Life was different in the Middle Ages, and death even more so.
Take these last three images from a series showing "the art of dying well", Ars moriendi (all nine of the series can be seen at the bottom of this page):
To the left, the corpse is sewn into a shroud. In the church during the mass the corpse is enclosed in a coffin, which is then carried out to the cemetery (middle picture), but the coffin is solely for transportation and the corpse is interred only in the shroud it was sewn into (picture to the right).
Uncountable books of hours show how people are buried sewn into a shroud (to the left and right).
But the story doesn't end there, for when digging to make room for the newly departed, the diggers would unavoidably encounter bones from earlier burials (picture to the right).
Almost all of these scenes show how the diggers first have to remove the old bones in order to make room for the new customer (the picture to the left is in fact one of the exceptions).
These two scenes shows how the cemeteries have been busy. The diggers hardly have time to remove the old bones, before a new funeral procession arrives.
There has been a lack of consecrated ground inside the city wall, but St. Innocents' cemetery was famous for its ability to dissolve the bodies. It reportedly contained soil from the Holy Land, and Gilles Corrozet tells us in 1550, that the soil was so putrefying that it was able to consume a human body within nine days: »la Chapelle des S Innocents, […] c'est le grand cymetiere de Paris, la terre duquel on dit si pourrissante, qu'vn corps humain y est consumé en neuf iours«.(1)
St. Innocents' cemetery's legendary talent for consuming corpses was really put to a test. While the churchyard was rather big (see the images of the church and the churchyard), it served not only its own parishioners but also 22 other parish churches that didn't have a churchyard of their own,(2) besides the city's hospital/poorhouse, l'Hôtel-Dieu, and the unknown dead, those who were found on the highway or drowned in the river Seine.
Mercier estimates the number of burials at "close to 3,000 a year", but at the same time he estimates the total number since Philip the Fair at "10 millions cadavers at least".(3)
Mercier doesn't explain how "close to 3,000 a year" within less than 500 years could turn into "10 millions at least", but it is probably due to the fact that the number 3,000 didn't take into account those years when Death was assisted by his three comrades in arms: Famine, War and Pestilence (pictured left).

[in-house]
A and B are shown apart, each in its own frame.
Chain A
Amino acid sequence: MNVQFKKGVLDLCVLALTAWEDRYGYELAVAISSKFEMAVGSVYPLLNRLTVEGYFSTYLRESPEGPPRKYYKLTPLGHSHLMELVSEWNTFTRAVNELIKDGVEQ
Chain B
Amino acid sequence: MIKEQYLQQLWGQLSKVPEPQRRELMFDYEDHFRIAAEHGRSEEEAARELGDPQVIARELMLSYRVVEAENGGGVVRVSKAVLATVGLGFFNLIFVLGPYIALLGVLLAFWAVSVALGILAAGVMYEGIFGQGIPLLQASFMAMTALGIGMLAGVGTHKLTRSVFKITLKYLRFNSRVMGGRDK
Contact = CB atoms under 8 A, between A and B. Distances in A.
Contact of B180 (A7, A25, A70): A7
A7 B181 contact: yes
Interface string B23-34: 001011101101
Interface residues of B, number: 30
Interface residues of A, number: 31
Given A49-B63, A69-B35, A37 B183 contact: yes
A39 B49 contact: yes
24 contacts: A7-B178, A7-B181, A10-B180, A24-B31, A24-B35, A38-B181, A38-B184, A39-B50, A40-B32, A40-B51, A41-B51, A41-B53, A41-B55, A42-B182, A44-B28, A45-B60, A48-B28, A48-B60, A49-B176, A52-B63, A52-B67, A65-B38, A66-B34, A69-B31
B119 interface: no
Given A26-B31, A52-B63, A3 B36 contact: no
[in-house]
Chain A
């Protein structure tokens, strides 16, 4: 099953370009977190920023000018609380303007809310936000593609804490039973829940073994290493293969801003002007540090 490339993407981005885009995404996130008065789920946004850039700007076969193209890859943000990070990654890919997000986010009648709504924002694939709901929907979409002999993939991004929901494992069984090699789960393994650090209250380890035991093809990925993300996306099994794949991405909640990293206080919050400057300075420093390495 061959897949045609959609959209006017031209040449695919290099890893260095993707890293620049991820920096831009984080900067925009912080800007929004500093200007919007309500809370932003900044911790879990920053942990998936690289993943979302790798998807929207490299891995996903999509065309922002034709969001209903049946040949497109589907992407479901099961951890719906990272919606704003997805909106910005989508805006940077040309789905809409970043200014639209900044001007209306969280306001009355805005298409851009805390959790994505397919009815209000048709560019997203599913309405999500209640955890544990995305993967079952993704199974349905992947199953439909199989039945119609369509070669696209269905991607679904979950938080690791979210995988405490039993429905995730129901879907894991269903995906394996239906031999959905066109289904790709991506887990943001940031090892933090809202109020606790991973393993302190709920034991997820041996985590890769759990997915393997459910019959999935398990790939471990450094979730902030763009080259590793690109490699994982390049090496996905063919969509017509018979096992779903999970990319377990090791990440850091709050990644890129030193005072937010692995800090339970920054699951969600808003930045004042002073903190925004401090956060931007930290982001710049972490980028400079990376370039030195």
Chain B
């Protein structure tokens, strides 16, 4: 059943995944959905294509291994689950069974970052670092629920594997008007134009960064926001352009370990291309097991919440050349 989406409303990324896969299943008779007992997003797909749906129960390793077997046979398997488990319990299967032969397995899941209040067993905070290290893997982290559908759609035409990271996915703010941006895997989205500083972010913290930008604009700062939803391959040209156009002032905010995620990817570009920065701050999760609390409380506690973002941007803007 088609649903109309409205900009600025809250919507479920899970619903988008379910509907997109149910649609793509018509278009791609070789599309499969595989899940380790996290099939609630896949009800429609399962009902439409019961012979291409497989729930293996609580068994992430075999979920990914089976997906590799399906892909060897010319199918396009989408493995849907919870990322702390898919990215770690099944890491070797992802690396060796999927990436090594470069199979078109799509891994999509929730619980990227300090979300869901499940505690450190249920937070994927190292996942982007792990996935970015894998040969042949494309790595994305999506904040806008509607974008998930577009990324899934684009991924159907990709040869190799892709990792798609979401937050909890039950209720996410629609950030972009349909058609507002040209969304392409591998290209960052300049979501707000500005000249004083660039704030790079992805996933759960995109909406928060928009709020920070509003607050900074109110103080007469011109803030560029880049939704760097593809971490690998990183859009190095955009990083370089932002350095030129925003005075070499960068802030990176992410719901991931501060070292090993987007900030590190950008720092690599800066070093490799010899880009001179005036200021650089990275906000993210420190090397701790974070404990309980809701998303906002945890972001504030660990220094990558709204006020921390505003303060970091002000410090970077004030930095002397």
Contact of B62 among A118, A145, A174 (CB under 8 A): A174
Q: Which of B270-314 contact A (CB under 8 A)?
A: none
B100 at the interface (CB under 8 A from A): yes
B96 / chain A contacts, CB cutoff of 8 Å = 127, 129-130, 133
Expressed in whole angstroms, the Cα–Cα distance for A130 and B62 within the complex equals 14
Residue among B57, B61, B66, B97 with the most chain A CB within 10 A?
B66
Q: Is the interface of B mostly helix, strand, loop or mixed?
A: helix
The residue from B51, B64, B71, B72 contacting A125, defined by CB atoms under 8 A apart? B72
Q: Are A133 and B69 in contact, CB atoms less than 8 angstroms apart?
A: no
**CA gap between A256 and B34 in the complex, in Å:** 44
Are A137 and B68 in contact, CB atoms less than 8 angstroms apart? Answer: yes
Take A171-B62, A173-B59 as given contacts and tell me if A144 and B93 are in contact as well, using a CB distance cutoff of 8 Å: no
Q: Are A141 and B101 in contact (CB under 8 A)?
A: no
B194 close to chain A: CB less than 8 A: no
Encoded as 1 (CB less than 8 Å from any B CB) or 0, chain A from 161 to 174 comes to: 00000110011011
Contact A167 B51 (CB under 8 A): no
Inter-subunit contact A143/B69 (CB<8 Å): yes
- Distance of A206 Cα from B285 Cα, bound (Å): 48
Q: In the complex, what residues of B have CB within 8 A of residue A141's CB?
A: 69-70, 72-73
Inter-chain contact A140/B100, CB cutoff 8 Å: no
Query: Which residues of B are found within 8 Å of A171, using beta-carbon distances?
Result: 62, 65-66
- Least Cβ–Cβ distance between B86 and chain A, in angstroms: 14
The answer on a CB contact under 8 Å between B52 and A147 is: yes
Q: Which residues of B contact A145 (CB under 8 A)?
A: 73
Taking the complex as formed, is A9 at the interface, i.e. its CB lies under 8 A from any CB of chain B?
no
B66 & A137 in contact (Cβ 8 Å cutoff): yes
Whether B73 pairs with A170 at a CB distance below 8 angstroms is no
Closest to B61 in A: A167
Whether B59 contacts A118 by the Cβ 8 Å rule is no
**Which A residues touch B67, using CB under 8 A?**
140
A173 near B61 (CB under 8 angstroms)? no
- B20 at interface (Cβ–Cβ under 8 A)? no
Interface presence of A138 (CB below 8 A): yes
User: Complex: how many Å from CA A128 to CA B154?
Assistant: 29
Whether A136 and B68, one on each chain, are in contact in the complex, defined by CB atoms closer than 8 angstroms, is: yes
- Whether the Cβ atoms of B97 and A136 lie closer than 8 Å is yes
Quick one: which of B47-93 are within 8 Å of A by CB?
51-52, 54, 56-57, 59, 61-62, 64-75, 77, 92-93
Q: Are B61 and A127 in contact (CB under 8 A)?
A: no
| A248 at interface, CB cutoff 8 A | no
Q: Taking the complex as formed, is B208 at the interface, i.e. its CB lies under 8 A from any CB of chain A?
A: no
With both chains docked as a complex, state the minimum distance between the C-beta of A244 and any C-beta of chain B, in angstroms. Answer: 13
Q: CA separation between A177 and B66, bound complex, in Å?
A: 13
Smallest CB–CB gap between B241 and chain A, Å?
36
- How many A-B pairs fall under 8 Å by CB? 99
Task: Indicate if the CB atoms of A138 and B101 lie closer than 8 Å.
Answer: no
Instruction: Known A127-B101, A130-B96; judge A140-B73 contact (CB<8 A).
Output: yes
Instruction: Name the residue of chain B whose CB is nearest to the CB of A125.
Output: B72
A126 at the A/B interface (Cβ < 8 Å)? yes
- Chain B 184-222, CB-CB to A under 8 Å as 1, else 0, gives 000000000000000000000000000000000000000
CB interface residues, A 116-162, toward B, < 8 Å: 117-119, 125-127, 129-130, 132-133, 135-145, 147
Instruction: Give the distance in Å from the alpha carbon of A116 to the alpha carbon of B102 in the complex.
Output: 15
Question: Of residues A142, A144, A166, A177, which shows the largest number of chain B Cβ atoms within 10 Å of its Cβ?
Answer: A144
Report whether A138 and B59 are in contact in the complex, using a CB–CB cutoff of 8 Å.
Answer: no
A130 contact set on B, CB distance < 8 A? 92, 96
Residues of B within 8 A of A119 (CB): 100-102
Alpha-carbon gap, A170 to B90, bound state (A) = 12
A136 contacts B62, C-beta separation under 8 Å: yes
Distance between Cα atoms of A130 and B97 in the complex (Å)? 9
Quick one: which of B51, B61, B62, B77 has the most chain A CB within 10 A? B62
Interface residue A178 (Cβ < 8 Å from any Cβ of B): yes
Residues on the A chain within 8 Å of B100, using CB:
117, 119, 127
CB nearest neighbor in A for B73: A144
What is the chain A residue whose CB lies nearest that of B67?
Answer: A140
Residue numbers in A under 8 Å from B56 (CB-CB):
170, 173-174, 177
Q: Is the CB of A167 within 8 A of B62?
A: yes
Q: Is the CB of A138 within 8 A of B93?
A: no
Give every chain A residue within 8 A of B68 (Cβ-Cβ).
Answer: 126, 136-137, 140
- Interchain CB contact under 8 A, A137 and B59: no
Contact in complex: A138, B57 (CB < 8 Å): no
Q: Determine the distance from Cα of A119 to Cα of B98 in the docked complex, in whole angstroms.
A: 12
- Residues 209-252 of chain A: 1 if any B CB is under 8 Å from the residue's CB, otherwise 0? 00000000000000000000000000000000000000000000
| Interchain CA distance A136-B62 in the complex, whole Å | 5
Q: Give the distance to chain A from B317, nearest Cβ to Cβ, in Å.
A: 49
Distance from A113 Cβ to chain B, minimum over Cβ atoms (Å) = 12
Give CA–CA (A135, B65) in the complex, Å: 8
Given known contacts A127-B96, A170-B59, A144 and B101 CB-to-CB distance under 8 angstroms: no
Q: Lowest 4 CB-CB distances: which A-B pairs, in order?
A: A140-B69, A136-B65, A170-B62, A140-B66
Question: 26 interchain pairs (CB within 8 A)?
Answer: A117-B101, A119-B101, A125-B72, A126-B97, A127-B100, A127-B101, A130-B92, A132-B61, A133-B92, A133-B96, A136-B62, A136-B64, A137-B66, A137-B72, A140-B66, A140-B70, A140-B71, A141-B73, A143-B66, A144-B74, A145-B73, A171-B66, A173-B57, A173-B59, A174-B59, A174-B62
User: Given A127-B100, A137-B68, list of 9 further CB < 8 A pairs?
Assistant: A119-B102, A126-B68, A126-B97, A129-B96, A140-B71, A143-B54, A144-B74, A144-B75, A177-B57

Just between 1348 and 1584 there were about 30 plague epidemics.(4) During one of these, in 1418, 50,000 died within less than 5 weeks. Here is a contemporary report that describes how the dead were placed in layers of 30 or 40 — »arrangez comme lars« — arranged as bacon sides:
Item, in the said month, September, there was in Paris and surroundings a pestilence
so very hard, which one had not seen for 300 years according to the elders.
For nobody who was struck by this epidemic escaped, in particular young people and children;
& so many died towards the end of said month
& so quickly that it was decided to dig large pits in the cemeteries of Paris,
where one would place thirty or forty in each, & they were arranged as bacon sides,
& and then a little soil was scattered over them.
& always day and night one could not go into the streets without meeting Our Lord who was carried to the sick & all had the most beautiful perception of Our Lord towards the end, as any Christian has ever had.
But according to the clerics, one had never seen nor heard of a malady that was so terrible and more fierce, nor one where so few escaped of those who had been struck; For in less than five weeks more than fifty thousand persons died in the City of Paris & so many people died that they buried four or six or eight heads of families during one sung mass & it was necessary to bargain with the priests about how much they should have & very often one had to pay sixteen or eighteen Parisian sols, & for a low mass four Parisian sols.(5)
The picture to the left shows another one of these funerals, where the ground is dotted with ancient bones and skulls. And what did people do then with all those old "bacon sides" that reappeared?
The detail-image to the right answers the question. In fact, the answer is staring us right in the face: The "bacon sides" were simply stored in the attic of an ossuary.
Footnotes: (1) (2) (3) (4) (5)
Gilles Corrozet also wrote the quatrains for Holbein's great dance of death and for Holbein's illustrations for The Old Testament.
»4. Fevrier. Depuis long temps on se plaint de
l'infection que causent dans Paris les cimetieres,
entr'autres celui des Innocents, où vingt-deux
paroisses viennent journellement déposer leurs
cadavres. Il est question aujourd'hui sérieusement
de fermer ce séjour de corruption. On assure que
Mr. le lieutenant-général de police a proposé de
le clore par provision pour cinq ans, & d'aviser
pendant ce temps aux moyens de supprimer absolument
un usage aussi funeste«.
(Volume 19, pages 284-285)
Although the book has the character of pages from a diary written by Parisians, it wasn't released before 1786, and in London.
Nous avons dit que l'on déposoit dans le cimetière des Innocents, situé dans le quartier le plus habité, près de trois mille cadavres par année. On y enterroit des morts depuis Philippe le-Bel. Dix millions de cadavres au moins se sont dissous dans un étroit espace. Quel creuset! […] Oh! quelle histoire sortiroit de cette enceinte, si les morts pouvoient parler!«
(Louis-Sébastien Mercier, Tableau de Paris, 1783, volume 9, DCCLII, pages 322-323)
The number of plague epidemics is obviously hard to determine. Wikipedia has only about half that number, but then they also fail to include the epidemic of 1418, that we are about to look at.
Memoires pour servir à l'histoire de France et de Bourgogne, 1729, page 49.